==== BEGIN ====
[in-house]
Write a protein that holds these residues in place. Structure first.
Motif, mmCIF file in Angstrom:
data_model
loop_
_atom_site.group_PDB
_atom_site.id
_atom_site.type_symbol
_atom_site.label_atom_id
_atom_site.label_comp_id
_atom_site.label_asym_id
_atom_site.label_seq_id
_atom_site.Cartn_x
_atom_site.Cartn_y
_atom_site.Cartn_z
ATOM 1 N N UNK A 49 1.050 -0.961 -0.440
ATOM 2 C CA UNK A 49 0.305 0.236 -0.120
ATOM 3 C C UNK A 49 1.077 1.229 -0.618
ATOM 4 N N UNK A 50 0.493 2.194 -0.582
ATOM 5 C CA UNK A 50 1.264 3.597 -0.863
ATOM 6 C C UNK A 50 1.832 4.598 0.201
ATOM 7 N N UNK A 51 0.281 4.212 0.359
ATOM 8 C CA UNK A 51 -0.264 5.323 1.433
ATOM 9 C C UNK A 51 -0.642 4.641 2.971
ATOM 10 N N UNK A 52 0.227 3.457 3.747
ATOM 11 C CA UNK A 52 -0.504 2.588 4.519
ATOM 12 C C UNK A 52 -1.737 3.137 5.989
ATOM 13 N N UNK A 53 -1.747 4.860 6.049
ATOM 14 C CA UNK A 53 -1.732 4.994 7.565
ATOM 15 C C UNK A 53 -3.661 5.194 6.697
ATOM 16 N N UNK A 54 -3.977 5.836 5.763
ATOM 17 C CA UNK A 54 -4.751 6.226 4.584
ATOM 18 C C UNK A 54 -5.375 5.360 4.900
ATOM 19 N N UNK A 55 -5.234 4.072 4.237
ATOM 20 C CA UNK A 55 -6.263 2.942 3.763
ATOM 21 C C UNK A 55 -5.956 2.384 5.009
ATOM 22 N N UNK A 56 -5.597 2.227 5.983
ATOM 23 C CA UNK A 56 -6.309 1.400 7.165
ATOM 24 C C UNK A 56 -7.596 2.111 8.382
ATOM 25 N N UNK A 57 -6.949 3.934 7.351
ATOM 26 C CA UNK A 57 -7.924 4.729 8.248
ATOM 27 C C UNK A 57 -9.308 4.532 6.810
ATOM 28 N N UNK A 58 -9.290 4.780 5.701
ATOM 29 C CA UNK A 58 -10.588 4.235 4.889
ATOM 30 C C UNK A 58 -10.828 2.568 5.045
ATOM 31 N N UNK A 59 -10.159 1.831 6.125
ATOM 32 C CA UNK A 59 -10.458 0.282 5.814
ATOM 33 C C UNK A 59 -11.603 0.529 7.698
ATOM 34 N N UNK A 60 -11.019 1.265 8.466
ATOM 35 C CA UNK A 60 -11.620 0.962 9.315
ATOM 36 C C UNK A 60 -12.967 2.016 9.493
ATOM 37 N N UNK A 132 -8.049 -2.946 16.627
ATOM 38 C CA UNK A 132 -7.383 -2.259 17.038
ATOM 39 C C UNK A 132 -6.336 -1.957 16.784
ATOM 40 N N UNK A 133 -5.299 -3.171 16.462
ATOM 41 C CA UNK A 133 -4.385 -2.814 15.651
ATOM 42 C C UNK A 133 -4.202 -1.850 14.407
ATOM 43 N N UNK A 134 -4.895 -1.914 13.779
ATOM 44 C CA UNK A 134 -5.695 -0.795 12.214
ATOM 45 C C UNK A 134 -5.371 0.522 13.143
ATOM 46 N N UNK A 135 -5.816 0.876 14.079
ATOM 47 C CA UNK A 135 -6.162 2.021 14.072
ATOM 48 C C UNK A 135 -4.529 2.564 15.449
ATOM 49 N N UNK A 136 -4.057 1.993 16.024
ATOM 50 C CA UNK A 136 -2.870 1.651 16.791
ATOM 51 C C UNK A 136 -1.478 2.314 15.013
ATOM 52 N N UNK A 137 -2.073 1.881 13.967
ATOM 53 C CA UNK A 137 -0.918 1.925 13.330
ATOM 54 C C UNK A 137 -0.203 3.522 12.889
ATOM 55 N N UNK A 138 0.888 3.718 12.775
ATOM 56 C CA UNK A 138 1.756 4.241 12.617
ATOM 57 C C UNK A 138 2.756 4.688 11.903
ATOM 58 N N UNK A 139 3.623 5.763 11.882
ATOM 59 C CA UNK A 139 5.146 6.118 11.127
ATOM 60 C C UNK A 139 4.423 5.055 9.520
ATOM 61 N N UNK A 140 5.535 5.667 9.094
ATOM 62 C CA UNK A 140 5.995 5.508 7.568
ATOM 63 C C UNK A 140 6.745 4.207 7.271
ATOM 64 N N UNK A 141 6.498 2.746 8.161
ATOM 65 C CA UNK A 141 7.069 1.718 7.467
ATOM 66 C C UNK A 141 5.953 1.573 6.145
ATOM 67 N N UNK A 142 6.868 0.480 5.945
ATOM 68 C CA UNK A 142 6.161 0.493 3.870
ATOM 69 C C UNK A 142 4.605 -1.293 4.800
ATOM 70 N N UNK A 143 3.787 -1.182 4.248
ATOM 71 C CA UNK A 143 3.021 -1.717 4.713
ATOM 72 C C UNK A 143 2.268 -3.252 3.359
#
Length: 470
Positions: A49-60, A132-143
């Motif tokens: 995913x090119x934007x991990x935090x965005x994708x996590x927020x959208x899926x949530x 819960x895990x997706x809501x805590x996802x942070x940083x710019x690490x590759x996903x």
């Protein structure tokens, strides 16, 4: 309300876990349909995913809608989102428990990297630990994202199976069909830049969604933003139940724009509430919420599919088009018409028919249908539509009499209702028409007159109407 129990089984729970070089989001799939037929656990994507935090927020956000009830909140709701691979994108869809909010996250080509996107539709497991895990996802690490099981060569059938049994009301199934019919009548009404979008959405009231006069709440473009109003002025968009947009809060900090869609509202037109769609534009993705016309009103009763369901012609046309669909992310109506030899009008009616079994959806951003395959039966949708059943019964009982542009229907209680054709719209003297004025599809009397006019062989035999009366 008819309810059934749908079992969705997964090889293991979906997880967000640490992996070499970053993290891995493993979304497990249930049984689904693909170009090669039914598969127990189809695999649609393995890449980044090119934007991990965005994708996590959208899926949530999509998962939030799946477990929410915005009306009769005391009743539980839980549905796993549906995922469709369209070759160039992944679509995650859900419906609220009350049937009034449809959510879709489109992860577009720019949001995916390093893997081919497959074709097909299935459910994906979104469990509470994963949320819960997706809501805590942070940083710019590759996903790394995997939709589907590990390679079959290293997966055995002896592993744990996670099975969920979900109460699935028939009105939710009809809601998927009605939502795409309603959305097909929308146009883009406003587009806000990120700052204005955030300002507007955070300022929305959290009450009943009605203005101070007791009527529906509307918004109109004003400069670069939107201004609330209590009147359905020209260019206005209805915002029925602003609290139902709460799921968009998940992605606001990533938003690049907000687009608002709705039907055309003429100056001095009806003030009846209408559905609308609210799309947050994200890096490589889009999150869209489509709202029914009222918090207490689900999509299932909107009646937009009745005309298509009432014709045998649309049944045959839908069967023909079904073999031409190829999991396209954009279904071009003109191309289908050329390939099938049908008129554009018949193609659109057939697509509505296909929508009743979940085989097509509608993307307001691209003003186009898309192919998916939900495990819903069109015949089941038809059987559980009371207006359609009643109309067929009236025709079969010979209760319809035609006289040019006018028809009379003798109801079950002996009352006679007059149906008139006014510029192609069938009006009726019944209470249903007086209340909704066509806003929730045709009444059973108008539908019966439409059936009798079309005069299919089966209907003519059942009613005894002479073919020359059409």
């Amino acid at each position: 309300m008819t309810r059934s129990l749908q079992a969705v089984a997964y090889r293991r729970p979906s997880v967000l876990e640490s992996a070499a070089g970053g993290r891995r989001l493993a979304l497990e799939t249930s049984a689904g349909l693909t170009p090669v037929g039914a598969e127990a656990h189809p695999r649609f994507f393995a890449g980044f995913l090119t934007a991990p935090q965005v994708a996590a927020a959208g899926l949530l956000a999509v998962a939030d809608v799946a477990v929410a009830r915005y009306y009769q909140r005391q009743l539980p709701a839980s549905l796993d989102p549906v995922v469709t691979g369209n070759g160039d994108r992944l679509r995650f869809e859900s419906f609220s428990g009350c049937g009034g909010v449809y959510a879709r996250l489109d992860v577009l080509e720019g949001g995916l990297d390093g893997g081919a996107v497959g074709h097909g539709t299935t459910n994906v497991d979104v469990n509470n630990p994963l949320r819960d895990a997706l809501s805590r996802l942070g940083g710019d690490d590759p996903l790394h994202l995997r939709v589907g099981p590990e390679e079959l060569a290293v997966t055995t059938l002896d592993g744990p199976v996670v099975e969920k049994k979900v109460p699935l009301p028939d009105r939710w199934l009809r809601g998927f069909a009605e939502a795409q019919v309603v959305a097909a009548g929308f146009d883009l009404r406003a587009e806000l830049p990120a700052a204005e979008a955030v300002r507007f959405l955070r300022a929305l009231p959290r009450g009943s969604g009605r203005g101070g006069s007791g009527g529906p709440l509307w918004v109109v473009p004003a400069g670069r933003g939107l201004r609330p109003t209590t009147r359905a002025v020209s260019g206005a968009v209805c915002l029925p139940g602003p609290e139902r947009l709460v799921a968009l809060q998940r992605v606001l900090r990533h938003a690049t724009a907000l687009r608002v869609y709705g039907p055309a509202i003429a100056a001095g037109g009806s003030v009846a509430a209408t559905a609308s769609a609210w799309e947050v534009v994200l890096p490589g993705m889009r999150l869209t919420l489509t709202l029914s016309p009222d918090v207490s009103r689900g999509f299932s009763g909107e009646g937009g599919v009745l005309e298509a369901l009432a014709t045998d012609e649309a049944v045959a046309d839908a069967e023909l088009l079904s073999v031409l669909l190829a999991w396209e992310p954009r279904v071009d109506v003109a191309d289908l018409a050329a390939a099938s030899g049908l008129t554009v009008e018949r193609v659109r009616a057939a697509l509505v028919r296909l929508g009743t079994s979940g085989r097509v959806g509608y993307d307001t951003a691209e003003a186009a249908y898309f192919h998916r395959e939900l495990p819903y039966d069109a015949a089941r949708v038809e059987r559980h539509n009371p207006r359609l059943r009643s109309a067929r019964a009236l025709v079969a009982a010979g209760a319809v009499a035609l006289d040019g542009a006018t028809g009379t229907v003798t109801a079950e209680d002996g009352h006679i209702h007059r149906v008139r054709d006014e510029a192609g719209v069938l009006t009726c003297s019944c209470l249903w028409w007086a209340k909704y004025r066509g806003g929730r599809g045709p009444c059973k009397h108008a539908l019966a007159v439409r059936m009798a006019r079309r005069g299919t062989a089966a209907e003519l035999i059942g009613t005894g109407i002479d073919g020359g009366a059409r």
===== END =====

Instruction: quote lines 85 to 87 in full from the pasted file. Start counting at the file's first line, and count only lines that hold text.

ATOM 70 N N UNK A 143 3.787 -1.182 4.248
ATOM 71 C CA UNK A 143 3.021 -1.717 4.713
ATOM 72 C C UNK A 143 2.268 -3.252 3.359